Do You Trade On Robinhood? What You Need To Know About The SEC Meeting Tomorrow - Robinhood Markets (NASDAQ:HOOD)


The SEC will meet on Wednesday to discuss a number of proposals, one of which is an effort to obtain better transaction pricing for small investors.

It is a component of the reform of market structure that SEC Chair Gary Gensler alluded to in June when he said that not all investors were playing on an even playing field.

“It’s not clear, with such market segmentation and concentration, and with an uneven playing field, that our current national market system is as fair and competitive as possible for investors,” Gensler said at a Piper Sandler conference in June.

What Happened: A process of routing trades made by small investors, known as Payment for Order Flow (PFOF), has drawn criticism from Gensler. PFOF is used by retail brokers including Charles Schwab SCHW, ETrade, and Robinhood Markets Inc HOOD to send orders to electronic market makers known as wholesalers who pay the brokers for access to that order flow.

Although they may submit the orders to exchanges, these wholesalers frequently compare the orders to their own internal order flow. The gap between the buying and selling prices is how wholesalers generate revenue.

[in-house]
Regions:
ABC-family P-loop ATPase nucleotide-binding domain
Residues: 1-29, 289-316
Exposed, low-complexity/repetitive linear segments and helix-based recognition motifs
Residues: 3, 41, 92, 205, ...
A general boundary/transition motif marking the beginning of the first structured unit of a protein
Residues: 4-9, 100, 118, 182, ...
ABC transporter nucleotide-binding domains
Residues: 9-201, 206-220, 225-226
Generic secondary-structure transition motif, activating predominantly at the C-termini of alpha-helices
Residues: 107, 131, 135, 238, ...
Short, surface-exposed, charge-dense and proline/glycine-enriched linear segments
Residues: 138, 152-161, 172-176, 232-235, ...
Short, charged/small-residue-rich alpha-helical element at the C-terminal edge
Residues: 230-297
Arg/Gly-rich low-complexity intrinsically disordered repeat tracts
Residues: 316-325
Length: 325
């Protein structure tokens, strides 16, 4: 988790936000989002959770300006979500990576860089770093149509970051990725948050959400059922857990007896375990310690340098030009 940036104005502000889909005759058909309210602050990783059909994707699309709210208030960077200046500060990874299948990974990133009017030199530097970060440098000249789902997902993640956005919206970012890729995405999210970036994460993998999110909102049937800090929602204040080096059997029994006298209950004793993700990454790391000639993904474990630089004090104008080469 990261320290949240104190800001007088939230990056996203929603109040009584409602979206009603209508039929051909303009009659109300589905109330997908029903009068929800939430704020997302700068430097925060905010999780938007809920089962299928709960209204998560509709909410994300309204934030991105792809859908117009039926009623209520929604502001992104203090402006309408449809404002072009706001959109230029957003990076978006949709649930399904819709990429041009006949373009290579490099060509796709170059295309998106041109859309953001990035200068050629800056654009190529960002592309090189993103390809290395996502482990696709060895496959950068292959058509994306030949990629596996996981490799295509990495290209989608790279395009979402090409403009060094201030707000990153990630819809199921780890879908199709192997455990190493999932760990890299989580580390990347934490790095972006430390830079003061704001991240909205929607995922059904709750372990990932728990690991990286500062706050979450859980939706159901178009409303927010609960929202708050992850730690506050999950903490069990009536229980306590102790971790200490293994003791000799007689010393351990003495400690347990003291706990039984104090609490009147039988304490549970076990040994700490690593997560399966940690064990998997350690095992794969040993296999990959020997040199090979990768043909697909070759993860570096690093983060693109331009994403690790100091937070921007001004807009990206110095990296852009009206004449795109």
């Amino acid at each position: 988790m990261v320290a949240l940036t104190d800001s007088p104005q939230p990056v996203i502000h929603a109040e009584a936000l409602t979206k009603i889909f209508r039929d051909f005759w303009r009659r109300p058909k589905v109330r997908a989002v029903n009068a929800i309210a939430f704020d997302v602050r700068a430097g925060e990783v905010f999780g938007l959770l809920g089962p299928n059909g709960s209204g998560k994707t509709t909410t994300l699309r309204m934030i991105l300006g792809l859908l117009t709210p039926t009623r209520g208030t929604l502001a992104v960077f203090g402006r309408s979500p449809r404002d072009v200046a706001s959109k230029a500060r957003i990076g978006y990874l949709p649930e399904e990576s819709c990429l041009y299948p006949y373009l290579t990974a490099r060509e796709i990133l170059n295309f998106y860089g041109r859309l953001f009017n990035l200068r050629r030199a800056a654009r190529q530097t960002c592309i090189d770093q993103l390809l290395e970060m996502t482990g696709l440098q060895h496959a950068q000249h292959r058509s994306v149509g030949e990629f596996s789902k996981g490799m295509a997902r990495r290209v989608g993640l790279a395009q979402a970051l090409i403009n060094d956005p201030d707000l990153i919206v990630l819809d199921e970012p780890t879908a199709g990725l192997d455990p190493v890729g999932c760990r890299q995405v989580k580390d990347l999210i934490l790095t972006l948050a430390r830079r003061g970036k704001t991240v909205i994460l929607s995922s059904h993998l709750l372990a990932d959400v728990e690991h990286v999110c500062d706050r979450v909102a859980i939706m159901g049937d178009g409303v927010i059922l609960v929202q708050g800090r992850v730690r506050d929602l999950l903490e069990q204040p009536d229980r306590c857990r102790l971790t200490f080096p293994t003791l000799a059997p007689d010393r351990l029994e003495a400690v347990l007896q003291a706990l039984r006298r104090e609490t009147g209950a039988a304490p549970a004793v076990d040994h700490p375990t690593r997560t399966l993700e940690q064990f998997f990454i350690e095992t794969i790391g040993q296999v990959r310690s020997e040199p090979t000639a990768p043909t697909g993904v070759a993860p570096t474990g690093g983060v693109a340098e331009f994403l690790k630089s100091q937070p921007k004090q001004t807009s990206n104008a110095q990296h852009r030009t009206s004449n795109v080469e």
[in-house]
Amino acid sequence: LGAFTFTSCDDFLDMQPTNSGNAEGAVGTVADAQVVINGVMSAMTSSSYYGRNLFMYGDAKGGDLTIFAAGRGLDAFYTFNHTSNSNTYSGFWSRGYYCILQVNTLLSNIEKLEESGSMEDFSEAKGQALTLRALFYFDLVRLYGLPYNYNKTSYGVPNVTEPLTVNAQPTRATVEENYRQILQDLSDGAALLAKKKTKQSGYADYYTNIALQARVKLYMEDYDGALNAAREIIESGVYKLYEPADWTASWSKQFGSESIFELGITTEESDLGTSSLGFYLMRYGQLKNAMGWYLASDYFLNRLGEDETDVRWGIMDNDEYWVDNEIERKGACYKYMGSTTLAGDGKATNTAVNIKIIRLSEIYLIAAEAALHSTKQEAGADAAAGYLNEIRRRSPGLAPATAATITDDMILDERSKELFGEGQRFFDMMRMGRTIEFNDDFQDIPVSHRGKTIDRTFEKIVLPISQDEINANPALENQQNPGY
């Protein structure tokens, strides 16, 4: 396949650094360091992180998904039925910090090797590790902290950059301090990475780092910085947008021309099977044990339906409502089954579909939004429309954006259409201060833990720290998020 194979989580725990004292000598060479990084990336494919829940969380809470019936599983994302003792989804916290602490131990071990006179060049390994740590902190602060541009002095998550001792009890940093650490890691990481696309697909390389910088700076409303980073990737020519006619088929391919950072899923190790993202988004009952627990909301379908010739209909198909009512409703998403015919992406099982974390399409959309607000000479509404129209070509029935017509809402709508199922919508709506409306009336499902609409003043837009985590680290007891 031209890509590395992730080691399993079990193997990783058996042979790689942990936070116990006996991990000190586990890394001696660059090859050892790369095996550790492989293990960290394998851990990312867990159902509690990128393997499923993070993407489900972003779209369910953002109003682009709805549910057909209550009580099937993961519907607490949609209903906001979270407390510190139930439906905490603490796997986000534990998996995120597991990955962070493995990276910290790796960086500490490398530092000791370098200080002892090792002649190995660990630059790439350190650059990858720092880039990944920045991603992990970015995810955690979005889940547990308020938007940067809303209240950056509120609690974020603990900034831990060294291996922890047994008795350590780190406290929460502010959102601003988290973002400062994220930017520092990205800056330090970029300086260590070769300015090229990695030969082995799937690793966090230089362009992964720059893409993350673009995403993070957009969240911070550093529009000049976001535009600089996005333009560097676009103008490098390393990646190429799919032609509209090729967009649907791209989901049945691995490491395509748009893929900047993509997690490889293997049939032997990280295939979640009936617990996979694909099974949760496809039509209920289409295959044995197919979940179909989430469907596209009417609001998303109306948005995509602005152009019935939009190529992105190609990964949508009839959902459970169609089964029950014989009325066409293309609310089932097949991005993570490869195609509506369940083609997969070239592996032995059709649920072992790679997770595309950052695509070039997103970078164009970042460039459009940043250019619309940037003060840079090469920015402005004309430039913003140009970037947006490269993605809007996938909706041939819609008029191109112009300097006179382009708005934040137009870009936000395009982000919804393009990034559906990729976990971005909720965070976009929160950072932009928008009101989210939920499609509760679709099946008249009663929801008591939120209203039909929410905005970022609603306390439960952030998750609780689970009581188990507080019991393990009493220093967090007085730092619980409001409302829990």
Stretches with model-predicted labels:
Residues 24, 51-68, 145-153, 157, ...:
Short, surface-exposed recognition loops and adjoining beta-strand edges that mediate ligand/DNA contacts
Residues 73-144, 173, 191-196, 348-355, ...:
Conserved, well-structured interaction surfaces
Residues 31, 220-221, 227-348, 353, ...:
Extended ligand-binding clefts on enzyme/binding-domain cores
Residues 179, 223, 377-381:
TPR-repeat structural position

Pension funds and other institutional investors, according to Gensler, are unable to engage with that retail order flow.

Additionally, according to Gensler, the brokers are prioritizing their financial gain over their obligation to offer their customers the best prices.

The two biggest wholesalers, Citadel Securities and Virtu Financial VIRT, as well as many other brokers, disagree with the SEC chair. Gensler is considering holding auctions where trading companies would compete with one another to meet investor orders before they could be carried out internally in an effort to increase competition.

Why It Matters: Minimum price increment regulations say currently, exchanges like the NYSE and Nasdaq are only permitted to accept orders at a penny increment; however, dealers who internalize their orders are permitted to trade in less-than-penny increments.

Additionally, the SEC might be thinking about establishing a minimal standard trading increment. For instance, it might think about enabling all market participants to trade in increments of a half-cent or even a tenth of a cent.

Investors need a greater understanding of how successfully their trade orders are being executed, according to the SEC chair. In order to guarantee that broker-dealers send orders to the venue that will get the best price for buyers and sellers, he is proposing a new rule called “Regulation Best Execution.”

The commission is also thinking of tightening the disclosure guidelines for company insiders who wish to sell their own stock. CEOs and other senior executives are permitted to create a trading plan under Rule 10b5-1 in order to sell equities.

To avoid breaking the rules governing insider trading, the SEC permits insiders to sell a predetermined amount of stock at a predetermined time.

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